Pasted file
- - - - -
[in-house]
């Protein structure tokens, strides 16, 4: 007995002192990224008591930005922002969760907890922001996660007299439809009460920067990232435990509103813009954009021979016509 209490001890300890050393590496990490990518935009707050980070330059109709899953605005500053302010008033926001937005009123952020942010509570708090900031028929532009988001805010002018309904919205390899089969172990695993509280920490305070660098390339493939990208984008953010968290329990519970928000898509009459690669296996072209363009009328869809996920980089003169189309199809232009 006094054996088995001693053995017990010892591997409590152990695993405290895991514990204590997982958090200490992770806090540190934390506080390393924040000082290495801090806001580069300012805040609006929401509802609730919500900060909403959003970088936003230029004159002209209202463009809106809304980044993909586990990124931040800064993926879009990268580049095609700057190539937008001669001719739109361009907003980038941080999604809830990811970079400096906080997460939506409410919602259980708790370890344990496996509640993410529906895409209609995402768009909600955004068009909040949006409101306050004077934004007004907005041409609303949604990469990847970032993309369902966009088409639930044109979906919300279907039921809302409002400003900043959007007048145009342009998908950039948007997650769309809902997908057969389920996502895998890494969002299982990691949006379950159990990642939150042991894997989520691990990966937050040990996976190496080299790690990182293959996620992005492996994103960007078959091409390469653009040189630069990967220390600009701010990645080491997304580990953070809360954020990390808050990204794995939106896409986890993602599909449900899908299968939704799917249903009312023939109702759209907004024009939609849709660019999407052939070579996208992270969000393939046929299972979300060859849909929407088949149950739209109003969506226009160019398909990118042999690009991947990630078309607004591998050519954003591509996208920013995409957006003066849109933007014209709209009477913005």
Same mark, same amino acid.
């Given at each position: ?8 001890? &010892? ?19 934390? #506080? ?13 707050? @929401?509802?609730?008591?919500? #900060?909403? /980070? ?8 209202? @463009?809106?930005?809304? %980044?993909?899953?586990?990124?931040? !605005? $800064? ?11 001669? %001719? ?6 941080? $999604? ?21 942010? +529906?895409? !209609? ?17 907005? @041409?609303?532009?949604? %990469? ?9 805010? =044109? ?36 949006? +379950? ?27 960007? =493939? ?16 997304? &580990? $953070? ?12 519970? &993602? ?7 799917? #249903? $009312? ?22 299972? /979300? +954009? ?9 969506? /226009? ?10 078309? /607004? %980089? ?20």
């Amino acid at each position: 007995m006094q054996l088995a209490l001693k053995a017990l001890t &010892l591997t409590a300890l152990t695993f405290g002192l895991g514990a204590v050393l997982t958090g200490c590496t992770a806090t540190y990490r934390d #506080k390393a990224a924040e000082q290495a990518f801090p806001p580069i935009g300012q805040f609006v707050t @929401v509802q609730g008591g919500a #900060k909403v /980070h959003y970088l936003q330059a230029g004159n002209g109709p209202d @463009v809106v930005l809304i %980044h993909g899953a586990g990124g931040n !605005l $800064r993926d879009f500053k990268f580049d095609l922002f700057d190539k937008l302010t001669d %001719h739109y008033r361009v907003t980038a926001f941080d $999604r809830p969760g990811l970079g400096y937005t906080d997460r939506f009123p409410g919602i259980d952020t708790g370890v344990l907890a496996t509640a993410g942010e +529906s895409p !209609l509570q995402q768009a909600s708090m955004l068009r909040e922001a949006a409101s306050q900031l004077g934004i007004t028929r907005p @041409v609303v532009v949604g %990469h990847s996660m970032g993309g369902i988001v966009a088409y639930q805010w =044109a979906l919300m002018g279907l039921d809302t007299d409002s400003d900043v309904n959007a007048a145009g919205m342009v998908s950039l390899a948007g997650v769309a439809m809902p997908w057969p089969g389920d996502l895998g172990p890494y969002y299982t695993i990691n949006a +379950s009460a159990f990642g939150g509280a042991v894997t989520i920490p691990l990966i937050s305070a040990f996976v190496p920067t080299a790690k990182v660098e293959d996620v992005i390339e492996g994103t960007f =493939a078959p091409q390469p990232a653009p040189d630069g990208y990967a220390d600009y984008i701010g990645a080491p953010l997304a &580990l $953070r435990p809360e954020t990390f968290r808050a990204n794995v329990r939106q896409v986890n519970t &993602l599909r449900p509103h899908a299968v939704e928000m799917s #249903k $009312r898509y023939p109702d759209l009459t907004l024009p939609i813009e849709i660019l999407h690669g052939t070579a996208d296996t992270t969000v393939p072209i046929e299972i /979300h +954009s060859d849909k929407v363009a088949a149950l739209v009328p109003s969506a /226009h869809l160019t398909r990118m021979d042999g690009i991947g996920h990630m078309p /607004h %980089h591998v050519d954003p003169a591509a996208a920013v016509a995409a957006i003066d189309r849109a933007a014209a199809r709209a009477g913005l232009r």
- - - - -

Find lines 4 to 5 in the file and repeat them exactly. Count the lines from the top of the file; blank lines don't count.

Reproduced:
């Given at each position: ?8 001890? &010892? ?19 934390? #506080? ?13 707050? @929401?509802?609730?008591?919500? #900060?909403? /980070? ?8 209202? @463009?809106?930005?809304? %980044?993909?899953?586990?990124?931040? !605005? $800064? ?11 001669? %001719? ?6 941080? $999604? ?21 942010? +529906?895409? !209609? ?17 907005? @041409?609303?532009?949604? %990469? ?9 805010? =044109? ?36 949006? +379950? ?27 960007? =493939? ?16 997304? &580990? $953070? ?12 519970? &993602? ?7 799917? #249903? $009312? ?22 299972? /979300? +954009? ?9 969506? /226009? ?10 078309? /607004? %980089? ?20």
């Amino acid at each position: 007995m006094q054996l088995a209490l001693k053995a017990l001890t &010892l591997t409590a300890l152990t695993f405290g002192l895991g514990a204590v050393l997982t958090g200490c590496t992770a806090t540190y990490r934390d #506080k390393a990224a924040e000082q290495a990518f801090p806001p580069i935009g300012q805040f609006v707050t @929401v509802q609730g008591g919500a #900060k909403v /980070h959003y970088l936003q330059a230029g004159n002209g109709p209202d @463009v809106v930005l809304i %980044h993909g899953a586990g990124g931040n !605005l $800064r993926d879009f500053k990268f580049d095609l922002f700057d190539k937008l302010t001669d %001719h739109y008033r361009v907003t980038a926001f941080d $999604r809830p969760g990811l970079g400096y937005t906080d997460r939506f009123p409410g919602i259980d952020t708790g370890v344990l907890a496996t509640a993410g942010e +529906s895409p !209609l509570q995402q768009a909600s708090m955004l068009r909040e922001a949006a409101s306050q900031l004077g934004i007004t028929r907005p @041409v609303v532009v949604g %990469h990847s996660m970032g993309g369902i988001v966009a088409y639930q805010w =044109a979906l919300m002018g279907l039921d809302t007299d409002s400003d900043v309904n959007a007048a145009g919205m342009v998908s950039l390899a948007g997650v769309a439809m809902p997908w057969p089969g389920d996502l895998g172990p890494y969002y299982t695993i990691n949006a +379950s009460a159990f990642g939150g509280a042991v894997t989520i920490p691990l990966i937050s305070a040990f996976v190496p920067t080299a790690k990182v660098e293959d996620v992005i390339e492996g994103t960007f =493939a078959p091409q390469p990232a653009p040189d630069g990208y990967a220390d600009y984008i701010g990645a080491p953010l997304a &580990l $953070r435990p809360e954020t990390f968290r808050a990204n794995v329990r939106q896409v986890n519970t &993602l599909r449900p509103h899908a299968v939704e928000m799917s #249903k $009312r898509y023939p109702d759209l009459t907004l024009p939609i813009e849709i660019l999407h690669g052939t070579a996208d296996t992270t969000v393939p072209i046929e299972i /979300h +954009s060859d849909k929407v363009a088949a149950l739209v009328p109003s969506a /226009h869809l160019t398909r990118m021979d042999g690009i991947g996920h990630m078309p /607004h %980089h591998v050519d954003p003169a591509a996208a920013v016509a995409a957006i003066d189309r849109a933007a014209a199809r709209a009477g913005l232009r």